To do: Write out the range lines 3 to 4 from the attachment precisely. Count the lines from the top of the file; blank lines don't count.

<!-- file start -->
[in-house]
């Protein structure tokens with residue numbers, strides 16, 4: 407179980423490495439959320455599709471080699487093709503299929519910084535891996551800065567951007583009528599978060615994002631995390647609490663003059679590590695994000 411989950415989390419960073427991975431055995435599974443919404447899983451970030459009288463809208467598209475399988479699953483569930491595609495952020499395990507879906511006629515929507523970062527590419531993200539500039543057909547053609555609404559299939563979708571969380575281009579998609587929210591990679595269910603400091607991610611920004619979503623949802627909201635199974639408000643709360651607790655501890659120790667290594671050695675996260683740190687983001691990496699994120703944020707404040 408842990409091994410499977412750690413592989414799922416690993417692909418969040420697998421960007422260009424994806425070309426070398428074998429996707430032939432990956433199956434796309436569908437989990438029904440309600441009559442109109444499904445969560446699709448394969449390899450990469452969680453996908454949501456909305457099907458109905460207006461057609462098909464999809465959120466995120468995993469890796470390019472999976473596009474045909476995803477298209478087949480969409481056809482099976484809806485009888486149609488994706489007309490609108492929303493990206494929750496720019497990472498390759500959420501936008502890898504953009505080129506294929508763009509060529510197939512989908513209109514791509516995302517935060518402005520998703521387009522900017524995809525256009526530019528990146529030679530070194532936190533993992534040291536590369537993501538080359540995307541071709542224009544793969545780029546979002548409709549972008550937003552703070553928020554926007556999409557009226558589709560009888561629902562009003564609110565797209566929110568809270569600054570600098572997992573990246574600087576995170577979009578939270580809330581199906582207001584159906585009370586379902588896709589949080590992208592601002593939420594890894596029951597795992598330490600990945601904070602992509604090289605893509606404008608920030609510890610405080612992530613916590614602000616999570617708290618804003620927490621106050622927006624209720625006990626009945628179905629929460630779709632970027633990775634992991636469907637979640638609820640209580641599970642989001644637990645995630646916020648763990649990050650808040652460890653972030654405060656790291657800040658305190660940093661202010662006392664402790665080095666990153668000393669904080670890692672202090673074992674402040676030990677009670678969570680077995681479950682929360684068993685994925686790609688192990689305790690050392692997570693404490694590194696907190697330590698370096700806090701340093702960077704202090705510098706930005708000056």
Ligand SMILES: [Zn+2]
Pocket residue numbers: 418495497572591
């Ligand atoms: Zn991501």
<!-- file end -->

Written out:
Ligand SMILES: [Zn+2]
Pocket residue numbers: 418495497572591